The Good Samaritan

November 23, 2015

In the Gospel of Luke, Chapter 10, Verses 25-37 Jesus is asked about loving your neighbor. In response Jesus defines who is a neighbor with this parable:

“A man was going down from Jerusalem to Jericho, when he was attacked by robbers. They stripped him of his clothes, beat him and went away, leaving him for dead. A priest happened to be going down the same road, and when he saw the man, he passed by on the other side. So too, a Levite, when he came to the place and saw him, passed by the other side. But a Samaritan, as he traveled , came where the man was, and when he saw him, he took pity on him. He went to him and bandaged his wounds, pouring on oil and wine. Then he put the man on his own donkey, brought him to an inn and took care of him. The next day he took out two denarii and gave them to the innkeeper. ‘ Look after him’ he said, ‘ and when I return I will reimburse you for any extra expense you may have.’

Jesus then asked, “Which of these three do you think was the neighbor to the man who fell into the hands of robbers?” It was obvious to all present with Jesus – ” The one who had mercy on him.”

Jesus then says, ” Go and do likewise.”

This powerful parable of the Samaritan should serve as a guide for all Christians in this country and indeed around the world as they are asked to show mercy to those Syrian refugees who have been beaten down by the Assad regime and left “half dead.” Sadly, politicians who claim to be avid readers and supporters of the Bible’s message choose to ignore the words of Jesus when it comes to responding to the poor, the hungry, the displaced. Christians are supposed to be followers of Christ.

The Samaritan, a foreigner, got the message of Jesus and went out of his way to help someone in need. Being a modern day Samaritan is certainly filled with challenges and sacrifices, but as this country debates the fate of thousands of Syrian refugees it is helpful to remember the good deed of this stranger on the road to Jericho.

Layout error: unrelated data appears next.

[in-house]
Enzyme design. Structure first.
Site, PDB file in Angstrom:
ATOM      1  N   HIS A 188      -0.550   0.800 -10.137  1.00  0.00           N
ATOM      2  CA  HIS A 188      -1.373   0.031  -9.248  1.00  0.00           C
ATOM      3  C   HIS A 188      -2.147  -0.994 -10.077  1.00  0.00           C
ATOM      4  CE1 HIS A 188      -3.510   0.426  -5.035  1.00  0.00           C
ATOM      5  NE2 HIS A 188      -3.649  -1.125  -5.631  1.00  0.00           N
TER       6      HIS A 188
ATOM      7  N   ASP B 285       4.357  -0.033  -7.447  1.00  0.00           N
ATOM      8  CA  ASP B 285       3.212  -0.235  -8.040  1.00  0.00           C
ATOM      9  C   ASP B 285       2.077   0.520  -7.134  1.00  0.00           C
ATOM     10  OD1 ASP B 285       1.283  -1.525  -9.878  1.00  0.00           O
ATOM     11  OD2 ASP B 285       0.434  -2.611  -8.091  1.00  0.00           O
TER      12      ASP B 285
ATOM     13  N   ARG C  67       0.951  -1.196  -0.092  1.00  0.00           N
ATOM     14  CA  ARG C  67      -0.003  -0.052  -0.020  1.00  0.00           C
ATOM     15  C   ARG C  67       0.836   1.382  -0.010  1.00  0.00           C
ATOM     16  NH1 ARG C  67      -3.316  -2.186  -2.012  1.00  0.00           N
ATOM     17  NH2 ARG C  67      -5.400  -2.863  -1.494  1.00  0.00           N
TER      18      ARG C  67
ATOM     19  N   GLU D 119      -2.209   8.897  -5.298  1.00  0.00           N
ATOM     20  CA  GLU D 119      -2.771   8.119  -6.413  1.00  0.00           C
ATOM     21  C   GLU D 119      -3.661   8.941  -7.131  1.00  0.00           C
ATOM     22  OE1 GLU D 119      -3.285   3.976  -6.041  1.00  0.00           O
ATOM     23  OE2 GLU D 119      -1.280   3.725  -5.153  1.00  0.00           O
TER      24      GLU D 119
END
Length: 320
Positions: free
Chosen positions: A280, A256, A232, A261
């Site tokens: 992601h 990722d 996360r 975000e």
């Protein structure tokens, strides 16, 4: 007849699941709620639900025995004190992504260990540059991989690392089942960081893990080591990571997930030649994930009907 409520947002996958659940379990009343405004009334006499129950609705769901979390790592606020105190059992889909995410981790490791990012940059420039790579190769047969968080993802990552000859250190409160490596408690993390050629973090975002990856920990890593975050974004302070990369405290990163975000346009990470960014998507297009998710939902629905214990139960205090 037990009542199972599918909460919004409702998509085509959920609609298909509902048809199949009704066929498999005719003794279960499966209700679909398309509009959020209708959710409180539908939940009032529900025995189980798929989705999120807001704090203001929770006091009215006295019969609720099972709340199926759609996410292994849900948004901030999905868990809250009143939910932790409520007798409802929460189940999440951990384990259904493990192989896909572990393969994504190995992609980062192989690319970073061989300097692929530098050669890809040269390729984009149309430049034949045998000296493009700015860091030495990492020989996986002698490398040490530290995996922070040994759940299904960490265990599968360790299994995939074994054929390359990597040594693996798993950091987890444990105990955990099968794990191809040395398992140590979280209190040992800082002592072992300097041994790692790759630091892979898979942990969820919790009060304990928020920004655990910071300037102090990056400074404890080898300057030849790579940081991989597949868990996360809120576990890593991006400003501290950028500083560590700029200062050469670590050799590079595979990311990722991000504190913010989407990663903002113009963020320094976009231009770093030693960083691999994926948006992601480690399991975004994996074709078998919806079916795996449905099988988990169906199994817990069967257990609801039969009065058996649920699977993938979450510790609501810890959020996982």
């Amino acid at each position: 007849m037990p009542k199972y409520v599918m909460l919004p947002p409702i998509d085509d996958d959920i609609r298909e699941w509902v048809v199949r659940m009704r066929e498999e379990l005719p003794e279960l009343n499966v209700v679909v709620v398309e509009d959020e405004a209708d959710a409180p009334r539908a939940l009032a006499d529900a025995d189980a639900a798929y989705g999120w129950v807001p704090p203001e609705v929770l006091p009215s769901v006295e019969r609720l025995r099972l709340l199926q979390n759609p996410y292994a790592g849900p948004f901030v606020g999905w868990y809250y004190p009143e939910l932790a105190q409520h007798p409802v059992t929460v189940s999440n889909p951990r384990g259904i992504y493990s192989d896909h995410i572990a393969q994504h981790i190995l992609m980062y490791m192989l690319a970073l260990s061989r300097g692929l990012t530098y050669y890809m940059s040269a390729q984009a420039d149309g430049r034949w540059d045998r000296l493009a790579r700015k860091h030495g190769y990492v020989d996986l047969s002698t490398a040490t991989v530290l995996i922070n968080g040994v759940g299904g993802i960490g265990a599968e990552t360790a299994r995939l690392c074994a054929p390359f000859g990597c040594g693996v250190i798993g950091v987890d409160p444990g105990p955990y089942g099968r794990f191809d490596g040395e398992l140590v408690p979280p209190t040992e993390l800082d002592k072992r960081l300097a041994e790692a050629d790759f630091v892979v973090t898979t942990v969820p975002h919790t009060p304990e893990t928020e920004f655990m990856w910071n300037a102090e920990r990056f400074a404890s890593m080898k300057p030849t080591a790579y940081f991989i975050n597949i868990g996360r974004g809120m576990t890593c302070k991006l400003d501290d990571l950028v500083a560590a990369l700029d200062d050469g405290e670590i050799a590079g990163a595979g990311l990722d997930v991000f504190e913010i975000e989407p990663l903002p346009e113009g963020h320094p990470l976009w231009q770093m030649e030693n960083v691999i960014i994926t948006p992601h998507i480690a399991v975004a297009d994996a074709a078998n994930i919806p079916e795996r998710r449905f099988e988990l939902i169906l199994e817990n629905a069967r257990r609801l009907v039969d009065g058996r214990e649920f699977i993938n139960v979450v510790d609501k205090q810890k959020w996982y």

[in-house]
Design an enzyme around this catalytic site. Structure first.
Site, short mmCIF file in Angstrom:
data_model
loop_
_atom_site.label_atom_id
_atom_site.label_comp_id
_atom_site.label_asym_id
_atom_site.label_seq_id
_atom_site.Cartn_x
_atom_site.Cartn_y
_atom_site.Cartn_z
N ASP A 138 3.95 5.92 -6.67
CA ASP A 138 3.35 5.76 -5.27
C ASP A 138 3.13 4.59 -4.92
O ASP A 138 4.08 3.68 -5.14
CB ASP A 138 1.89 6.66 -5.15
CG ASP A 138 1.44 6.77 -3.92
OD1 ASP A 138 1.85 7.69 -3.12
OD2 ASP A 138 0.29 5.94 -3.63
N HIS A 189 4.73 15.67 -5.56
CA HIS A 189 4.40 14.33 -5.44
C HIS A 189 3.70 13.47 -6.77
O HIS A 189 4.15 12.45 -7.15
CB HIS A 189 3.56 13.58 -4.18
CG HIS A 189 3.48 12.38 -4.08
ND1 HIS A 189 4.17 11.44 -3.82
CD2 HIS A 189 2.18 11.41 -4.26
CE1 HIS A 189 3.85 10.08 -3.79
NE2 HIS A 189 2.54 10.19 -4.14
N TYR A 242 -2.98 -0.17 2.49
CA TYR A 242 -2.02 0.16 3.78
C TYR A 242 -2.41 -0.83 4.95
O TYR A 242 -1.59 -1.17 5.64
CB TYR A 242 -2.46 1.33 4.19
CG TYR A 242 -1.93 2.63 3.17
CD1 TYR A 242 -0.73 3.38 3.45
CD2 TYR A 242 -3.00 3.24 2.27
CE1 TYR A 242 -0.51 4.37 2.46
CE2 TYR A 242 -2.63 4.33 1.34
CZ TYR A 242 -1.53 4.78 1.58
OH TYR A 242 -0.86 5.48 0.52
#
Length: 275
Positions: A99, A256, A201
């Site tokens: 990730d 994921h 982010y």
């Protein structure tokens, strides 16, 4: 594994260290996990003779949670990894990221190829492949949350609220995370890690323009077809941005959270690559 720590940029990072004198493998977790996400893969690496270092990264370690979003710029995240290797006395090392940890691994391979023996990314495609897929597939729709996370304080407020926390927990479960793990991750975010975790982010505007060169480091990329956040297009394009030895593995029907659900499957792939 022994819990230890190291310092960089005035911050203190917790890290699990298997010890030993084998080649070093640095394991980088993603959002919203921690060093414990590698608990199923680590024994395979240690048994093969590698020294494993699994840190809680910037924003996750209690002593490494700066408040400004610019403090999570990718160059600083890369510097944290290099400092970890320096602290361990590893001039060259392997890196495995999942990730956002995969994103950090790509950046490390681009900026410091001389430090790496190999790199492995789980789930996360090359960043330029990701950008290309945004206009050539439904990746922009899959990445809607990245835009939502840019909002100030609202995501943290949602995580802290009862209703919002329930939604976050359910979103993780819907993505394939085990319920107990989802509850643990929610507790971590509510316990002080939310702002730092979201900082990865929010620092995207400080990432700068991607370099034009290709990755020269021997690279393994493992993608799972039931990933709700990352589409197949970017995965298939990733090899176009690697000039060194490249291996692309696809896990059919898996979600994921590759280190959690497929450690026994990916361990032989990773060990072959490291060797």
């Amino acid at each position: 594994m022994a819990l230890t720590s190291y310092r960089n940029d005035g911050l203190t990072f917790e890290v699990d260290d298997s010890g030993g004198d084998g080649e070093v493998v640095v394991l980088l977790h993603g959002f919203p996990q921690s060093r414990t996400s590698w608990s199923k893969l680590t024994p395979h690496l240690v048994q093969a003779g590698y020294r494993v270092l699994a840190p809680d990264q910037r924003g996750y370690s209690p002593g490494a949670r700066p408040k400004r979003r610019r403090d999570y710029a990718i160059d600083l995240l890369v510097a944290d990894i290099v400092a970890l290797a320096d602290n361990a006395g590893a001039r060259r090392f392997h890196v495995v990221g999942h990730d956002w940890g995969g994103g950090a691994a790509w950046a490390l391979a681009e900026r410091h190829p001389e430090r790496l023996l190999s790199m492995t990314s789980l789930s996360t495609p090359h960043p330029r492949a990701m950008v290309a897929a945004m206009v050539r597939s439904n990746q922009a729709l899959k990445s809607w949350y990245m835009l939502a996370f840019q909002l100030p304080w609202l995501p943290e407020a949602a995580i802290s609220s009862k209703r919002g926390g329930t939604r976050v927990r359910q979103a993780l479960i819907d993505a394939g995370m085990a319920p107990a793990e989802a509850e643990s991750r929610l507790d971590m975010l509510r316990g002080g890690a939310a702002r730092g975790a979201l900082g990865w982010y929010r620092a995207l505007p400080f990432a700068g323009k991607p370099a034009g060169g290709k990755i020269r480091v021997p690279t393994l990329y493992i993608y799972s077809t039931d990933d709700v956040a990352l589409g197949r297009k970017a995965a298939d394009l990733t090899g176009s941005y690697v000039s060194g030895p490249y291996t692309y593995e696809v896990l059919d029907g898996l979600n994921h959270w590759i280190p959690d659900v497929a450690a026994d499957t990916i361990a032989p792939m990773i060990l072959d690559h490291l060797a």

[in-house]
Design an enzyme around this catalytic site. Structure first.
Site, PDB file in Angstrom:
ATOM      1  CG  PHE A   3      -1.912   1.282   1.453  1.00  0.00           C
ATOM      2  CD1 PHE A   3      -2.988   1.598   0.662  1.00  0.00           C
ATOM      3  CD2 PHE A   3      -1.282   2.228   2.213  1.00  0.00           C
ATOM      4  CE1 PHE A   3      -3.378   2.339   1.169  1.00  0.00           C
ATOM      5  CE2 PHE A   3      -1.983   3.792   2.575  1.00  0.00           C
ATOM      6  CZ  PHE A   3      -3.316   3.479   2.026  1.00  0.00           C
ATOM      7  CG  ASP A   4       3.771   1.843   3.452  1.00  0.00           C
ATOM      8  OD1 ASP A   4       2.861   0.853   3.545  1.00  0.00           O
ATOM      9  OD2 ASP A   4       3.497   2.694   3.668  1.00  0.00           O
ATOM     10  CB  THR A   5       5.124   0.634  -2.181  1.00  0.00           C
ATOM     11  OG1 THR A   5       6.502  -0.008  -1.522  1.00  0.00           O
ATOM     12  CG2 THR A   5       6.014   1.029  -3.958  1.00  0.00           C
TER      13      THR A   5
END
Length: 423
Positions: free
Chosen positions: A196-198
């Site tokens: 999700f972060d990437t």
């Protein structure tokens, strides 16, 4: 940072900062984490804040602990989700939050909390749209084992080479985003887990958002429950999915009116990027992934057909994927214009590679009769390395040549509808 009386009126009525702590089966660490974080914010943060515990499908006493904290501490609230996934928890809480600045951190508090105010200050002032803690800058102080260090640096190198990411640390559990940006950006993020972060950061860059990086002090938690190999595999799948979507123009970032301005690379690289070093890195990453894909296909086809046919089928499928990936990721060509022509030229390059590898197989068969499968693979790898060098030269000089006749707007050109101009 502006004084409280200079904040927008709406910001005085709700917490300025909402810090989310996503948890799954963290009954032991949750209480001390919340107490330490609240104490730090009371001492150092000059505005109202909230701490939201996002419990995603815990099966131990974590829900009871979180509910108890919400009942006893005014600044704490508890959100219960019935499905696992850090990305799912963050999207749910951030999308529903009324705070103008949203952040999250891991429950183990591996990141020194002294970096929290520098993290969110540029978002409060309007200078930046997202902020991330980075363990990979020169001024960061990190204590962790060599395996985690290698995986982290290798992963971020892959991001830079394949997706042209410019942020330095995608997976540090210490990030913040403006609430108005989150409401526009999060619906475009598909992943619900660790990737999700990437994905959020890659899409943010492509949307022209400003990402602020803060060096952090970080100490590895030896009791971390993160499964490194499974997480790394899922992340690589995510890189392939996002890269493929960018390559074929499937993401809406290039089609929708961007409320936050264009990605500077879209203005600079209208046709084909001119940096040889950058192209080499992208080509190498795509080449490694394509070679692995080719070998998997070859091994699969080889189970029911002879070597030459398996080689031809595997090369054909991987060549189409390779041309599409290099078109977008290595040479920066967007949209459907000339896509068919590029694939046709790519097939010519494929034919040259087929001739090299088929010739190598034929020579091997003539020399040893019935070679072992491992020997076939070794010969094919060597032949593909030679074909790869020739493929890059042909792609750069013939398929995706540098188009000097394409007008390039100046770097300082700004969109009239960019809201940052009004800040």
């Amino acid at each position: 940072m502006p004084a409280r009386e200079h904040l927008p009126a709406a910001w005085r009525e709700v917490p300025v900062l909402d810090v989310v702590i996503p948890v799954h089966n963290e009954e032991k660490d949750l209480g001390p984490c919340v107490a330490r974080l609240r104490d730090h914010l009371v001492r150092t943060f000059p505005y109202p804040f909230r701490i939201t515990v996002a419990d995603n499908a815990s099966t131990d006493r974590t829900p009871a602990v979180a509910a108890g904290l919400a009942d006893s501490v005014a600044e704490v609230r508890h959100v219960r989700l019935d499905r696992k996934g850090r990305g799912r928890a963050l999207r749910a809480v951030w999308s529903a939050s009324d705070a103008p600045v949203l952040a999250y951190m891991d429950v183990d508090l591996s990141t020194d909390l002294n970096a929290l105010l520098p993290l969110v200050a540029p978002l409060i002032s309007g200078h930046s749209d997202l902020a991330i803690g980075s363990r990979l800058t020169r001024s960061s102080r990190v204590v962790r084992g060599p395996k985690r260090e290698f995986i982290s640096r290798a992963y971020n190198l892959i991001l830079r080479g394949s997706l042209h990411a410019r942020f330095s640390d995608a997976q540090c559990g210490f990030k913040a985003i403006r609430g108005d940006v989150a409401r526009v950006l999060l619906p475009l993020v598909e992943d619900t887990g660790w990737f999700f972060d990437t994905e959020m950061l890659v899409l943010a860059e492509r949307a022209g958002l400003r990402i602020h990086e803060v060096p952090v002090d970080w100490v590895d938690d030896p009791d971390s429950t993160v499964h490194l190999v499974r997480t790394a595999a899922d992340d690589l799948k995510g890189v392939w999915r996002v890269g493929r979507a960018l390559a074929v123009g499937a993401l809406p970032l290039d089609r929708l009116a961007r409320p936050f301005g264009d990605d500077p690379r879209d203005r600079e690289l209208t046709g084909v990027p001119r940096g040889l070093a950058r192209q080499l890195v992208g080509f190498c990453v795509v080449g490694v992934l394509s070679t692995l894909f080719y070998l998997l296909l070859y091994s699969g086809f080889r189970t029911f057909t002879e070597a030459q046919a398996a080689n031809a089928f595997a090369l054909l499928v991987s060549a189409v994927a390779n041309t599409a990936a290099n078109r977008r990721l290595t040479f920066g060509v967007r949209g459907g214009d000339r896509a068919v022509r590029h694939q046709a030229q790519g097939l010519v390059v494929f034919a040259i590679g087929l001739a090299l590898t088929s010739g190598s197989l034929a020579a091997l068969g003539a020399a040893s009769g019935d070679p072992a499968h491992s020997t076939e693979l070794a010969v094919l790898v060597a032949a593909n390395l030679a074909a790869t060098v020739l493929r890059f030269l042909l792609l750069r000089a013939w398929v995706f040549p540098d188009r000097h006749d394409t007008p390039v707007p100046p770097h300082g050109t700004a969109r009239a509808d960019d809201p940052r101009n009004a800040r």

Being Safe and Sorry

November 19, 2015

In the wake of the Paris massacre and the yet unproven link between one of the terrorists and Syrian migrants, the Congress, most of the nation’s governors and the American people soundly reject President Obama’s decision to take in 10,000 refugees next year. The opposition to Obama’s promise is based not just on national security concerns and a lack of faith in the vetting process of the Syrians, both legitimate reasons, but a more sinister rejection of Islam and those people who hold to that religion, no matter what hardships they have endured.

When Ben Carson uses the term “dogs” in reference to the Syrians. Donald Trump pledges to close mosques, Jeb Bush wants only to protect Christian Syrians, and Ted Cruz talks makes off handed remarks about internment camps, it becomes quickly obvious that stopping Obama’s plan is more than just about national security and bureaucratic incompetence.

To use a word often used by former president George H.W.Bush, it would be prudent to delay any Syrian refugee resettlement program until the United States and its allies get a better handle on terrorist sleeper cells and lone wolf fanatics, and construct a comprehensive international strategy to destroy ISIL and its caliphate that bridges Syria and Iraq. It is just common sense to sort out the threat, build better intelligence networks, beef up security and go after ISIL where they live.

But because we are in an election cycle of enormous importance to the nation, fear too easily overwhelms reason and common sense. Let’s not forget that the 1st Amendment protects the ” free exercise ” of religion, Lady Liberty welcomes the oppressed – ” give me your poor, your huddled masses yearning to be free.” and we as a people have always taken pride in the long and proud tradition of tolerating differences, ( and oh yes, Steve Jobs’ father was a Syrian immigrant).

It is important that we as a people not let fear take over our lives and religious bigotry rule the day. The prudent course of action is to fashion an entry system for Syrian refugees that is not haphazard and filled with bureaucratic exceptions. This will take some time. But let us not as a nation fall prey to those who are anxious to make this an anti-Muslim crusade and make the all the followers of Islam into terrorists.